Susan Jordan, director of the California Coastal Protection Network, who was been a critic of the move, called the decision "momentous."

"This BIA approval was unprecedented. It lowered the standard of review for taking these properties Fee-to-Trust, placed close to 10,000 acres of privately owned land into legal limbo, and was approved without any formal notice or opportunity for public comment or objection," she said.

Jordan also said it's "critical that the governor and the California attorney general join the county in appealing this decision."

To see a map of the Tribal Consolidation Area:

TCA Map - July 2013.PDF by Lara Cooper

Noozhawk staff writer Lara Cooper can be reached at .(JavaScript must be enabled to view this email address). Follow Noozhawk on Twitter: @noozhawk, @NoozhawkNews and @NoozhawkBiz. Connect with Noozhawk on Facebook.

» on 09.10.13 @ 04:20 PM

Salud shows where he gets his money from, and his alliance with Das Williams.
And why do we continue to elect Salud?

» on 09.10.13 @ 05:31 PM

Please Supervisor Carbajal , explain your vote to your constituents .

» on 09.10.13 @ 06:42 PM

Carbajal is a Democrat hack, he goes with the wind or $$$$.

Vote him out!!!

» on 09.11.13 @ 08:08 AM

Supervisor Carbajal and Assembly Member Williams are part of the far left wing of the Democratic party who call themselves “Progressive”. This is rather ironic with regard to an issue like this where a group of mixed persons some with fractional Indian ancestry some with none at all are able to dredge up ancient history to make a false claim to lands they have no lawful claim to. So when you remove the smoke screen of so called historic Indian injustices used to create a public “guilt trip” and to play the “race card” to silence criticism, what you find under the rock is MONEY.  This group of pretenders is each raking in over half a million dollars a year in profits from gambling losses of people who, for the most part cannot afford to lose that money. The millions taken in by this Psuedo “tribe”, who is still collecting millions in federal welfare and grant money every year, is not only doled out to the handful of select “members” but is also generously spread around Sacramento, Washington and some members of our Board of Supervisors to grease the legislative palms while claiming it is all done in the name of the poor Indians mistreated centuries ago. The latest land grab is proof postive of the old axiom that that greed breeds more greed and absolute power corrupts absolutely. This faux tribe, who fell into a pot of gold because they got a gambling casino with no competition nearby, was not satisfied with this billion dollar largesse’ and the uneducated egomaniac in charge has visions of grandeur that the gambling profits make hime King of the Valley instead of Chairman of this mistaken gambling empire created by a badly misguided federal law and “Indian policies” put in place decades ago when there really were poor Indians in need of federal assistance.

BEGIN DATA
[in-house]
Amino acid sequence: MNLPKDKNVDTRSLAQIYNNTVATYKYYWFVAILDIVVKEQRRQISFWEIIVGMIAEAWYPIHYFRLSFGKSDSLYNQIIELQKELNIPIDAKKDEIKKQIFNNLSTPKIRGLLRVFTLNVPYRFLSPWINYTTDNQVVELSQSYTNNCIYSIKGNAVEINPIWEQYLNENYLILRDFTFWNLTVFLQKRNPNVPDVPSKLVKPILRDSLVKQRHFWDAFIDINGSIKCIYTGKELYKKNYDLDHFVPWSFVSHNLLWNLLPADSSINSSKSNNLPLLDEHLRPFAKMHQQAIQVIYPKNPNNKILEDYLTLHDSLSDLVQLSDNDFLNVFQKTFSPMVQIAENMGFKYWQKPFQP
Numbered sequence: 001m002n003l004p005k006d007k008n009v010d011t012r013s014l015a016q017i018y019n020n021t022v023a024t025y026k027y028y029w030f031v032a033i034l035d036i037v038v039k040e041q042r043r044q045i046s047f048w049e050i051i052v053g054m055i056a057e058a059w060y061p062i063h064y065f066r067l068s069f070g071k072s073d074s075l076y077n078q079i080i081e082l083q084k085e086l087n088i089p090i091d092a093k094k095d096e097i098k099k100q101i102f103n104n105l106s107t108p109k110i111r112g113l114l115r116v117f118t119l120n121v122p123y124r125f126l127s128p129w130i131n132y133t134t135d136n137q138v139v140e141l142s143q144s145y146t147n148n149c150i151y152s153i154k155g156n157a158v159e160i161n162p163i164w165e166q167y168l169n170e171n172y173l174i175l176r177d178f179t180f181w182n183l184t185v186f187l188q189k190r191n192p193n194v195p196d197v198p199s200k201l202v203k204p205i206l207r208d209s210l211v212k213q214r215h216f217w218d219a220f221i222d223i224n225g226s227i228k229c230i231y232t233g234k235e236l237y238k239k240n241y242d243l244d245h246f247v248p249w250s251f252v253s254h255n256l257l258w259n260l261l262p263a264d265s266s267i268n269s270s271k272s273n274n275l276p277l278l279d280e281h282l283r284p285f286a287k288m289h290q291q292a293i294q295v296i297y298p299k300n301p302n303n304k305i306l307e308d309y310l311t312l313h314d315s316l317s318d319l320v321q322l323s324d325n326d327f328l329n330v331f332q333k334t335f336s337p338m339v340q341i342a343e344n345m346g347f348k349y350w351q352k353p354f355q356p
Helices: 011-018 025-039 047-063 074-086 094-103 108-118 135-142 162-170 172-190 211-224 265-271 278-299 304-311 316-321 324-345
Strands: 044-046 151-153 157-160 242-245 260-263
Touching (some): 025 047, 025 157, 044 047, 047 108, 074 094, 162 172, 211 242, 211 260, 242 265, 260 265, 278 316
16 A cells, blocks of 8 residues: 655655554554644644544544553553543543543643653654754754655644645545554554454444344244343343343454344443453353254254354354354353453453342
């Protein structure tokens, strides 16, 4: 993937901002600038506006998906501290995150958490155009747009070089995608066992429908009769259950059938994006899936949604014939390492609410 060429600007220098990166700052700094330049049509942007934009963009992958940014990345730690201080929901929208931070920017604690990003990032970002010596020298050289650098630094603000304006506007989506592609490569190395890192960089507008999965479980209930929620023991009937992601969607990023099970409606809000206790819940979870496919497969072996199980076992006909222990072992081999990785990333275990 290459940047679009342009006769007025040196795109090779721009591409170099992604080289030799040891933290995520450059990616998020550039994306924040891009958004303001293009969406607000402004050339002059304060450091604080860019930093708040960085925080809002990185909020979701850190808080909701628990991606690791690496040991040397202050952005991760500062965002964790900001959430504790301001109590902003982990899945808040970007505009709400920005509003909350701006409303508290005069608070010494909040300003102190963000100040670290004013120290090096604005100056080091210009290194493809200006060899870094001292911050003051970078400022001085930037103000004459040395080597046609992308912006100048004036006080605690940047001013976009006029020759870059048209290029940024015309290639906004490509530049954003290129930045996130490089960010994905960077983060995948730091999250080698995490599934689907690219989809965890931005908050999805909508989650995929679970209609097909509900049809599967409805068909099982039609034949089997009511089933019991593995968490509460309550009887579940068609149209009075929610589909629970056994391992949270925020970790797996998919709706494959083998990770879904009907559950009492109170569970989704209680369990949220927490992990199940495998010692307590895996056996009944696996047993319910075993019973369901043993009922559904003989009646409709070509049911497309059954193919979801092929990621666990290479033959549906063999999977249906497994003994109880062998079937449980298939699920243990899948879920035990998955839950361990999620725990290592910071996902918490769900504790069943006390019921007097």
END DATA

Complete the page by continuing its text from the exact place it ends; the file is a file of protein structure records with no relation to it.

» on 09.11.13 @ 08:30 AM

I’ve been saying this for years, but no one will run against him.

» on 09.11.13 @ 09:18 AM

The pendulum has obviously swung too far.

This issue highlights that the federal Bureau of Indian Affairs really needs to be reined in. 

Where is Lois Capps on this?

» on 09.11.13 @ 09:38 AM

Good for the supervisors, and who purchased Salud?

» on 09.11.13 @ 10:32 AM